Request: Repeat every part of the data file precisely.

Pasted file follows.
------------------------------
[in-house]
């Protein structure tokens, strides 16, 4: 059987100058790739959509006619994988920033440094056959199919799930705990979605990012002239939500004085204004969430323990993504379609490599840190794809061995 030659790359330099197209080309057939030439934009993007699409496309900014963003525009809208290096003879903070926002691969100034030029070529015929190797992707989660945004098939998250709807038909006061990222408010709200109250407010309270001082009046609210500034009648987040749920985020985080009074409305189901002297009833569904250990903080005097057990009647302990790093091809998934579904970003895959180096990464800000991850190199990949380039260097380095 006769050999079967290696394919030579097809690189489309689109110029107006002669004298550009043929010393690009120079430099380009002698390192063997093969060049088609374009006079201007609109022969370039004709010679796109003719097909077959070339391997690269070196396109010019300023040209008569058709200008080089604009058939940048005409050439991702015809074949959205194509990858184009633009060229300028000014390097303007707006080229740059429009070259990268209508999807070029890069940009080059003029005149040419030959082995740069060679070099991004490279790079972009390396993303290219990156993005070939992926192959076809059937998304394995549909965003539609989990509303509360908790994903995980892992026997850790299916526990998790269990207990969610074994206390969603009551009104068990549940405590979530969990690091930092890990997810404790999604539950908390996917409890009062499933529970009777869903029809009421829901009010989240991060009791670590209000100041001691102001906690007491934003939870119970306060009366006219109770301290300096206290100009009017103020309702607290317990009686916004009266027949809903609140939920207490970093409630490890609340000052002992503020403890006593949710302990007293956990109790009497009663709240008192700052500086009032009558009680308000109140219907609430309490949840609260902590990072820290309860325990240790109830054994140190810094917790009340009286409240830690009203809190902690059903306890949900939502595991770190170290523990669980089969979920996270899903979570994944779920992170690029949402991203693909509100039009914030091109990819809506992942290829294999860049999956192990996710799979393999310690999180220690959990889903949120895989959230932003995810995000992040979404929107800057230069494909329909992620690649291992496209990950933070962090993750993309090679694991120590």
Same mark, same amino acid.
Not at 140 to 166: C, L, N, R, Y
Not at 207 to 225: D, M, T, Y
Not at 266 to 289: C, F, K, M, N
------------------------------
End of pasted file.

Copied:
[in-house]
């Protein structure tokens, strides 16, 4: 059987100058790739959509006619994988920033440094056959199919799930705990979605990012002239939500004085204004969430323990993504379609490599840190794809061995 030659790359330099197209080309057939030439934009993007699409496309900014963003525009809208290096003879903070926002691969100034030029070529015929190797992707989660945004098939998250709807038909006061990222408010709200109250407010309270001082009046609210500034009648987040749920985020985080009074409305189901002297009833569904250990903080005097057990009647302990790093091809998934579904970003895959180096990464800000991850190199990949380039260097380095 006769050999079967290696394919030579097809690189489309689109110029107006002669004298550009043929010393690009120079430099380009002698390192063997093969060049088609374009006079201007609109022969370039004709010679796109003719097909077959070339391997690269070196396109010019300023040209008569058709200008080089604009058939940048005409050439991702015809074949959205194509990858184009633009060229300028000014390097303007707006080229740059429009070259990268209508999807070029890069940009080059003029005149040419030959082995740069060679070099991004490279790079972009390396993303290219990156993005070939992926192959076809059937998304394995549909965003539609989990509303509360908790994903995980892992026997850790299916526990998790269990207990969610074994206390969603009551009104068990549940405590979530969990690091930092890990997810404790999604539950908390996917409890009062499933529970009777869903029809009421829901009010989240991060009791670590209000100041001691102001906690007491934003939870119970306060009366006219109770301290300096206290100009009017103020309702607290317990009686916004009266027949809903609140939920207490970093409630490890609340000052002992503020403890006593949710302990007293956990109790009497009663709240008192700052500086009032009558009680308000109140219907609430309490949840609260902590990072820290309860325990240790109830054994140190810094917790009340009286409240830690009203809190902690059903306890949900939502595991770190170290523990669980089969979920996270899903979570994944779920992170690029949402991203693909509100039009914030091109990819809506992942290829294999860049999956192990996710799979393999310690999180220690959990889903949120895989959230932003995810995000992040979404929107800057230069494909329909992620690649291992496209990950933070962090993750993309090679694991120590």
Same mark, same amino acid.
Not at 140 to 166: C, L, N, R, Y
Not at 207 to 225: D, M, T, Y
Not at 266 to 289: C, F, K, M, N